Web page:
Introduction to Vehicle Registrations

Car registrations have fascinated people since they were first introduced. They are commonly known as "cherished registrations" but are legally known as "registration marks". Other terms are "personal plates", "cherished numbers", "personalised number plates", "cherished plates". The long term existence of Elite Registrations Ltd in the marketplace has also led to some people calling registration marks, "elite registrations" (a result of the extensive advertisements that have appeared in the national newspapers for many decades).

The History of UK Registrations

1903 - Road Traffic Act

It was back in 1903 that the Road Traffic Act received Royal Assent. All motorised vehicles were required to be registered with a unique registration mark together with a record of the person responsible for using the vehicle on the public highway.

1 January 1904 - Registration Day

Registration day was 1st January 1904, and so it all began. The owner of the vehicle bearing the registration A 1 was understandably envied by other motorists and this spectacular registration was admired by many. It was truly cherished by the owner, Earl Russell.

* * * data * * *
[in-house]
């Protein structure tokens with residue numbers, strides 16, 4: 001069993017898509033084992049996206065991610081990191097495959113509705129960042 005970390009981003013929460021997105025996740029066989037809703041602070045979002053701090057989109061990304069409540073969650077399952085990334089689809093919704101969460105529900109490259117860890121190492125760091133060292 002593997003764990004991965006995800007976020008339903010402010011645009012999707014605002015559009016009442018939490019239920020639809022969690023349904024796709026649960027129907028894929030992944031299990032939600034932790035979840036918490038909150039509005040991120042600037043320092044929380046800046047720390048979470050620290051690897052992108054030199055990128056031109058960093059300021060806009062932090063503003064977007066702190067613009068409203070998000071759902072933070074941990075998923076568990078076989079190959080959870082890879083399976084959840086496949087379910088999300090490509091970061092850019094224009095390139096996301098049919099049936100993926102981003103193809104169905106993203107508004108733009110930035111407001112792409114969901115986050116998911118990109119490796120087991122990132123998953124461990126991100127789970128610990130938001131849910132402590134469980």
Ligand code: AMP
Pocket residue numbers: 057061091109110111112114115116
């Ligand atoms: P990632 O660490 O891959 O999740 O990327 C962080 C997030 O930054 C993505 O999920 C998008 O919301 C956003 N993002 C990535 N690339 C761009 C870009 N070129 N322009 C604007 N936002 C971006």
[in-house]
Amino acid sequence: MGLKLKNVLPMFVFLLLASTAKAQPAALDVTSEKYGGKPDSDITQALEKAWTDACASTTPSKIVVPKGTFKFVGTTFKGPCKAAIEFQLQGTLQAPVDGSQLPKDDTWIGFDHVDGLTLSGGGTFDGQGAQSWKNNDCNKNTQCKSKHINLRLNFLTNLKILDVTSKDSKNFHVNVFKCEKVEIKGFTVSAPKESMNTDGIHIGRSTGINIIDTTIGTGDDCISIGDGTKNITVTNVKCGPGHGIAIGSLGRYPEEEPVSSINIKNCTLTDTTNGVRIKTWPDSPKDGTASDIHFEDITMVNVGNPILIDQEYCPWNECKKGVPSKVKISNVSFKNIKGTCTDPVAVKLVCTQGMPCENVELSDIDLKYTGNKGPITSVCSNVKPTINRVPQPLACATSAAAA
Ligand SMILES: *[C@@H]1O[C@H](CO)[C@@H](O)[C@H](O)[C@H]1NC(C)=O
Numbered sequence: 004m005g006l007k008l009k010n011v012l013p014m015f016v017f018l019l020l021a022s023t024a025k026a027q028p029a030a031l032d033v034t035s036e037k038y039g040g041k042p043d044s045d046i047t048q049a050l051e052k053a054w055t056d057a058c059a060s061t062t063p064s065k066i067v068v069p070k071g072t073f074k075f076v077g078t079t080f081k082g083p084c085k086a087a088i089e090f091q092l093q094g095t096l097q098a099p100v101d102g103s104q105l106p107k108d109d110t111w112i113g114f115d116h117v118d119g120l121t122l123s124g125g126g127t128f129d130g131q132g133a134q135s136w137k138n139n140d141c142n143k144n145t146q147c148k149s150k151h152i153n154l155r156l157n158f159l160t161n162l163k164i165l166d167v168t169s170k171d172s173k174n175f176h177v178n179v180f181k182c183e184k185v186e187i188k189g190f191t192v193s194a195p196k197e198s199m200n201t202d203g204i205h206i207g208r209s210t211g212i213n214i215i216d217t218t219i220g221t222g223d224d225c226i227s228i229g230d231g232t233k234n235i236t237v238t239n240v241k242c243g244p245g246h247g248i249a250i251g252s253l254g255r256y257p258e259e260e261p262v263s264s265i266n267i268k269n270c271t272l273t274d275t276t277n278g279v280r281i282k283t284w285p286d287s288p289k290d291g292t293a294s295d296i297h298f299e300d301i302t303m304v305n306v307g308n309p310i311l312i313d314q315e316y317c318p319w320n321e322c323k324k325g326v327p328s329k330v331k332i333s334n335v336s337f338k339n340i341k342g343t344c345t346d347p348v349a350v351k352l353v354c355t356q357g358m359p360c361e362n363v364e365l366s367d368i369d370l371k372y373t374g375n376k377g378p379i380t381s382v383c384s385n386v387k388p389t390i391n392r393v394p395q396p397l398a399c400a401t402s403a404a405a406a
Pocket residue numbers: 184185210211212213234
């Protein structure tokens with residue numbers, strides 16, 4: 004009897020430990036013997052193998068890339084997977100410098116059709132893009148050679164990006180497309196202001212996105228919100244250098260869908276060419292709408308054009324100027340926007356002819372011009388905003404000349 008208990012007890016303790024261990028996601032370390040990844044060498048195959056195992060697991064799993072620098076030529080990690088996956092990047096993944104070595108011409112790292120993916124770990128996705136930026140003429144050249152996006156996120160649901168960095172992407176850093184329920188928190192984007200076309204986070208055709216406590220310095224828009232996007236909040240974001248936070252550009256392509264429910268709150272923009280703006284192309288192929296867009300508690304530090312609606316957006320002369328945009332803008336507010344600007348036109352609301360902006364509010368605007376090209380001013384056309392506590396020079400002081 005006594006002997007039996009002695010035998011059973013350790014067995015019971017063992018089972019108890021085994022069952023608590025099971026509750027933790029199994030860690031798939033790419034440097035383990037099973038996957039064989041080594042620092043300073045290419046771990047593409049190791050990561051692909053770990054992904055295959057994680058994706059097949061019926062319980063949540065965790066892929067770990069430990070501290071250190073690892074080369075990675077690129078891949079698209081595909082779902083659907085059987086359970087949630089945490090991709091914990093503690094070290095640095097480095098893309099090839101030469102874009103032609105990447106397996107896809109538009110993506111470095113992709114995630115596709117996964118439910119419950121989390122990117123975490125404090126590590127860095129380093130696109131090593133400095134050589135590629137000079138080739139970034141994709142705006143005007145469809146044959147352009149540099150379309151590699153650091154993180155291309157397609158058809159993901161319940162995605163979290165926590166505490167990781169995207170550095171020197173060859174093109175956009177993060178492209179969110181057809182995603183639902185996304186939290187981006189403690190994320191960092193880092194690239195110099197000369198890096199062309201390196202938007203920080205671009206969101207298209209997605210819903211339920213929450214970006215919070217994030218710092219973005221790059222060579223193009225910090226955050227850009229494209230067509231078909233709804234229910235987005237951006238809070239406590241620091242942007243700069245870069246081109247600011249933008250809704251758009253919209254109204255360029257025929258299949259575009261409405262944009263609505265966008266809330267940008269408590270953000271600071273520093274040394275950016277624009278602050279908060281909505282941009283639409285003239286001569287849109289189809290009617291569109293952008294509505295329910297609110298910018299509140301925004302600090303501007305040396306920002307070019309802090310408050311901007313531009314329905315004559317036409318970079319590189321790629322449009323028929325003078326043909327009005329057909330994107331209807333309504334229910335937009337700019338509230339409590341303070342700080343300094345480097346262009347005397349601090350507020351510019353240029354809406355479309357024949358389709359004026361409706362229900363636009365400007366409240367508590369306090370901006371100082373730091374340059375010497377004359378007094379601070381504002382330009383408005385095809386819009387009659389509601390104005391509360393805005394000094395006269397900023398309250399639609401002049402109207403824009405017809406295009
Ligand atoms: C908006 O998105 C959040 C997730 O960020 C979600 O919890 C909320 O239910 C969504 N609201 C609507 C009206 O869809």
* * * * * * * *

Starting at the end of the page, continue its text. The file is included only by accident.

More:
Another interesting plate from the initial series of registrations was Y 1. This was acquired by Arthur Thring, who by coincidence happened to be the person (First Parliamentary Counsel) responsible for drafting the Registration Act.

3 March 1904 - First Vehicle to Vehicle Transfer

The first transfer of a registration from one vehicle to another was on 3rd March 1904, when Dr. Robert Lauder of Southampton, transferred the registration CR 1 from a 5hp Kimberley car to an 11hp Clement.

1956 - 1962

By 1956 the registration A 1 had been transferred 37 times and a few years later was sold for £2,500. The resultant publicity about this fantastic sum of money being exchanged for the right to display a particular registration number on a car was the likely catalyst for general interest. By 1960 Local Taxation Offices were inundated with requests for distinctive registrations. It became the first sale of registration marks by Government Departments. The cost was £5 (inclusive of transfer) no matter what registration you wanted. Within two years the demand was so overwhelming that it was stopped altogether.

1989 - The Sale of Registration Marks Regulations

The Government reintroduced the sale of unissued registration marks in 1989 ("The Sale of Registration Marks Regulations 1989").

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